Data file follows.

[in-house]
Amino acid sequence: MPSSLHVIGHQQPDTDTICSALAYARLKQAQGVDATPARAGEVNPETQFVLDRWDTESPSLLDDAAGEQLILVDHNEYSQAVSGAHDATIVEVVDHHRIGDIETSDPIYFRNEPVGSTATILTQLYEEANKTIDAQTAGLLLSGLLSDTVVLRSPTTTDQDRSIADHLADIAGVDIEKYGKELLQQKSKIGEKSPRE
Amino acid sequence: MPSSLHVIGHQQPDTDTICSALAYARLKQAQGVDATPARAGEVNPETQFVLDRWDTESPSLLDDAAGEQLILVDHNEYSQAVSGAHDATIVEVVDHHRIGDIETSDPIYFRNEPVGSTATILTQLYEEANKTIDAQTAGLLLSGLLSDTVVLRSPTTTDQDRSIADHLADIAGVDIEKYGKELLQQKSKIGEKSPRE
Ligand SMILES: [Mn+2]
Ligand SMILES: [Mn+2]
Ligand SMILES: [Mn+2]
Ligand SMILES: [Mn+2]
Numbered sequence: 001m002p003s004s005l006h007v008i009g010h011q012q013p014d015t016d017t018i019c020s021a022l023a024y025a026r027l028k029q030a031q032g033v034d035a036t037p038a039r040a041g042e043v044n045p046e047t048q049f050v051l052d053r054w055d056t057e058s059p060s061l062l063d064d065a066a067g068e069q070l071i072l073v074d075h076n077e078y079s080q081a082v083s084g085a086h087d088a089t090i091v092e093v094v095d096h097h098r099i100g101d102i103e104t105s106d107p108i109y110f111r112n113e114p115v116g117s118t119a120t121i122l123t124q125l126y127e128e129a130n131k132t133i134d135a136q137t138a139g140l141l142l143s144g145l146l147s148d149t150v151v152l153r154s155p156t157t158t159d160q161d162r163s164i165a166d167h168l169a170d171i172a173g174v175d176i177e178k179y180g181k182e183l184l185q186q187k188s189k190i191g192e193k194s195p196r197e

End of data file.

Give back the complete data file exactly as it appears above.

[in-house]
Amino acid sequence: MPSSLHVIGHQQPDTDTICSALAYARLKQAQGVDATPARAGEVNPETQFVLDRWDTESPSLLDDAAGEQLILVDHNEYSQAVSGAHDATIVEVVDHHRIGDIETSDPIYFRNEPVGSTATILTQLYEEANKTIDAQTAGLLLSGLLSDTVVLRSPTTTDQDRSIADHLADIAGVDIEKYGKELLQQKSKIGEKSPRE
Amino acid sequence: MPSSLHVIGHQQPDTDTICSALAYARLKQAQGVDATPARAGEVNPETQFVLDRWDTESPSLLDDAAGEQLILVDHNEYSQAVSGAHDATIVEVVDHHRIGDIETSDPIYFRNEPVGSTATILTQLYEEANKTIDAQTAGLLLSGLLSDTVVLRSPTTTDQDRSIADHLADIAGVDIEKYGKELLQQKSKIGEKSPRE
Ligand SMILES: [Mn+2]
Ligand SMILES: [Mn+2]
Ligand SMILES: [Mn+2]
Ligand SMILES: [Mn+2]
Numbered sequence: 001m002p003s004s005l006h007v008i009g010h011q012q013p014d015t016d017t018i019c020s021a022l023a024y025a026r027l028k029q030a031q032g033v034d035a036t037p038a039r040a041g042e043v044n045p046e047t048q049f050v051l052d053r054w055d056t057e058s059p060s061l062l063d064d065a066a067g068e069q070l071i072l073v074d075h076n077e078y079s080q081a082v083s084g085a086h087d088a089t090i091v092e093v094v095d096h097h098r099i100g101d102i103e104t105s106d107p108i109y110f111r112n113e114p115v116g117s118t119a120t121i122l123t124q125l126y127e128e129a130n131k132t133i134d135a136q137t138a139g140l141l142l143s144g145l146l147s148d149t150v151v152l153r154s155p156t157t158t159d160q161d162r163s164i165a166d167h168l169a170d171i172a173g174v175d176i177e178k179y180g181k182e183l184l185q186q187k188s189k190i191g192e193k194s195p196r197e